It used to be that a corporation would not hire junior executives until the personnel manger had taken a look at the person once [WORD ILLEGIBLE]referred to as the little woman, the bail and chain or the better half. The job candidate's wifey had to show herself as a demure, good hostess and supportive wife and mother, if young hubby was to find employment at International Universal-Cosmos, Inc.
The apogee of this taking of people of immigrant, farming and working-class backgrounds, and turning them into corporate types was right after the second world war: The era of the gray flannel suit, the narrow tie, the organizational man with 2.8 children, .7 cats and .4 dogs.
The family was to cut and tailor itself to the management's needs for pliable, reliable men whose families were happy to be transferred as often as Army officers and were content to have a dad who traveled all week and went to the office on Sundays to catch up on back work. The members of many families, however, balked at being asked to make such sacrifices for an organization that enabled Pop to put roast beef on the table and three cars in the garage, but which believed human life is profit and loss. The children of many such families became the hippies of a decade ago and, although that bit of extravagant social acting-out has vanished, families are often still unwilling to accept the proposition that friends, community, all values that can't be expressed in monetary terms, ought to be sacrificed to the necessities of the large organization.
Big business, which has always fought its employees having any loyalties outside the organization, is now retaliating by becoming almost openly anti-family. The Wall Street Journal recently (May 18) reported, "The divorced, the single and even the married but childless all benefit from the growing corporate complaint that families today resist transfer more than ever before. One corporate response is to resist families."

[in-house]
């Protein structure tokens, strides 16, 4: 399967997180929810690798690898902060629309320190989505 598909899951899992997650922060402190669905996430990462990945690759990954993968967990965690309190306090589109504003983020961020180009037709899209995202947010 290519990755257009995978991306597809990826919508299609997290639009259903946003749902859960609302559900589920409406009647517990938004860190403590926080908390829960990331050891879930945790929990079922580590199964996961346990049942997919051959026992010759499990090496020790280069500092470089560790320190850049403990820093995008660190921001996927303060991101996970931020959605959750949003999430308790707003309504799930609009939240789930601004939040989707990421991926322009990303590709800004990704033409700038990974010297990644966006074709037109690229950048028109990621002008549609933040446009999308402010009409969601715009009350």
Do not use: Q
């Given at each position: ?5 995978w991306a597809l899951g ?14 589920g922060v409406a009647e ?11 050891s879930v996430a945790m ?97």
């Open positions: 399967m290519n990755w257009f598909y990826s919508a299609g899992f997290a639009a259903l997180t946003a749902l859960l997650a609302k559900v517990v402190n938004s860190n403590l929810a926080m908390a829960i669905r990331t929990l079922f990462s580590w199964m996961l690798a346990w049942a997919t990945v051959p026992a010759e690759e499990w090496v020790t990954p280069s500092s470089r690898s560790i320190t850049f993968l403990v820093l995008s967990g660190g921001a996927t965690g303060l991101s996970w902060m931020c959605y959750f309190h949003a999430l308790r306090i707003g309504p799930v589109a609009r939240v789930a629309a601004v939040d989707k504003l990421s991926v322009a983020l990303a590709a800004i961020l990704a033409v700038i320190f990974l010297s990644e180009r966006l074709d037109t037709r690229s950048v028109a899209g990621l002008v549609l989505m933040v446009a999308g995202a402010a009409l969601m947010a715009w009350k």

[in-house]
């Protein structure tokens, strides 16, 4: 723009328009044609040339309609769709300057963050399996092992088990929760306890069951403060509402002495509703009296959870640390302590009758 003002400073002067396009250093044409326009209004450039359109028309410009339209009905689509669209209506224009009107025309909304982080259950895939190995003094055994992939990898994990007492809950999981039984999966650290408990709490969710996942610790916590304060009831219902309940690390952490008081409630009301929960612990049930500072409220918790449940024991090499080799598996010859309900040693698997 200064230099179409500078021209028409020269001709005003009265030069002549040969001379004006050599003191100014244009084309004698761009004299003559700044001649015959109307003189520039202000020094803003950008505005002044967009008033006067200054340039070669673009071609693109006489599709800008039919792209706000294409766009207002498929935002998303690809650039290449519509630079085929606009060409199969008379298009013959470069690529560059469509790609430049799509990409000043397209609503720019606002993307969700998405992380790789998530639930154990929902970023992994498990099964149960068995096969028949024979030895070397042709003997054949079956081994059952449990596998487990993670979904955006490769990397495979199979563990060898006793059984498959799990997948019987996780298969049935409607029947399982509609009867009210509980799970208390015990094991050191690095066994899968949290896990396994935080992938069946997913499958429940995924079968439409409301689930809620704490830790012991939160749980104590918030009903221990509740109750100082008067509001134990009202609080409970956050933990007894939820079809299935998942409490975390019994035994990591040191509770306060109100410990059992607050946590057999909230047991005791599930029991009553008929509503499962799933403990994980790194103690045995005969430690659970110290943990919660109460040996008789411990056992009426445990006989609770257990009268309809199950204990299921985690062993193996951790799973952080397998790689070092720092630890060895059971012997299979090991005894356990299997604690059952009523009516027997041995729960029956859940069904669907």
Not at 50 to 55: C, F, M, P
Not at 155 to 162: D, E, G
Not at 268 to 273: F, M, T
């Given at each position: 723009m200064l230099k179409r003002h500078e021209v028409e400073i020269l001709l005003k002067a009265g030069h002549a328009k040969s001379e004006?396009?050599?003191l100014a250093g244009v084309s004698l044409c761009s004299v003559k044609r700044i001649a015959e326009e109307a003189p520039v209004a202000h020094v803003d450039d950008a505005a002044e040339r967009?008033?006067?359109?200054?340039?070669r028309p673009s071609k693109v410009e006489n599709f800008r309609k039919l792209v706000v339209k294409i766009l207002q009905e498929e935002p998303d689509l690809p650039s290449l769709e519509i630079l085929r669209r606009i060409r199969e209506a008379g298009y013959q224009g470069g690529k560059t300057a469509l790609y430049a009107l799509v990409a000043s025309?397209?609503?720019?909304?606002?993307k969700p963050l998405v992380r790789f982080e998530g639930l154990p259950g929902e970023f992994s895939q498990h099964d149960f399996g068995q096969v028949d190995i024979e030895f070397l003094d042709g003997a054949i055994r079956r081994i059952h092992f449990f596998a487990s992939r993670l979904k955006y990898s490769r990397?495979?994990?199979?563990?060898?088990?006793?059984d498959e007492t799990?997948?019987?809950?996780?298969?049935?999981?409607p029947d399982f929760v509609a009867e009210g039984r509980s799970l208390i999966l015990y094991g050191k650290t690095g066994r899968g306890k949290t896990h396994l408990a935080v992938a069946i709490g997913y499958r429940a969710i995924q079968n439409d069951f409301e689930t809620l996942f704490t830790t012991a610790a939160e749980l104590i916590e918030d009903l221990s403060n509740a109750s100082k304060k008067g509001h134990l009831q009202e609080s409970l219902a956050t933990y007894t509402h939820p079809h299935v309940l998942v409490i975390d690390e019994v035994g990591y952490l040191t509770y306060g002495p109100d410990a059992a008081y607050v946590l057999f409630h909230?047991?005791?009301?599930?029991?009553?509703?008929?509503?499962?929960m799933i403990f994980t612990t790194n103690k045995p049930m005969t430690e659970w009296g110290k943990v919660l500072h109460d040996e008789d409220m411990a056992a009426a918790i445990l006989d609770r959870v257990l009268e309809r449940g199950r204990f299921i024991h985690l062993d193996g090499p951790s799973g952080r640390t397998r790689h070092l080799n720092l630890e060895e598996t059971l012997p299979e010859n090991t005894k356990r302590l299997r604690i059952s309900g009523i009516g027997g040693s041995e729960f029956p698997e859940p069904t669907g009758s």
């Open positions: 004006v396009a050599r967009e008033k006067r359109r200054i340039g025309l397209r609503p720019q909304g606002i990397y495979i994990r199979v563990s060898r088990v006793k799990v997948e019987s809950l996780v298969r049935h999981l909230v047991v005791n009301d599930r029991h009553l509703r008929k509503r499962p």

The article cites other reasons for giving preference to singles besides familial opposition to being uprooted and turned into affluently rootless corporate nomads. One objection to families is the tendency of parents to spend too much time with their children, especially if they are young children. Also, unattached people, having diminished human loyalties and allegiances, can make career decisions quicker because their only spouse is the corporate bride.
Some corporations actively encourage divorce. Upon being offered a job with a Midwestern firm, an executive explained to the company's board chairman that his wife would divorce him if he accepted the offer. The Wall Street Journal quotes the board chairman as replying, "Go ahead, I don't care what you do on your own time - just raise sales 330 percent."
As more and more women have careers, instead of a job, to supplement family income, corporations will become even more hostile to marriage and family. A spouse with a serious, independent career is even harder to move around than the old-fashioned husband with a stay-at-home wife.
Corporate executives don't see the institutions over which they preside as home-wreckers. In their minds, as well as in the opinion of the populace, corporations are conservative social organisms. They are thought to be stand-patters, resisters of all change. In actuality, though, one of the least controversial and most effective ways of accomplishing change is to present it as something old, something familiar and safe.
Radicals often create problems for themselves by calling for change. Change is chancy, change scares people and thus it is easier to achieve it when you say you're really not advocating anything new, but are trying to restore the old.
That's what corporations do. They do so all the more effectually because corporate managers are personally oblivious to the changes they bring about. Most of them would be deeply disturbed if they understood that, by attaching promotions, money and power to the unmarried status, they are undermining the integrity of the American family. They don't see it that way because they've been trained not to see anything which is irrelevant to the annual report to the stockholders.
When the consequences of what they're doing begin to show up in our national life, they can blame the mess on the teaching profession or social workers or ministers or women's libers. The rest of us outside the circle of corporate management are endowed with sight, however, and we had best use it.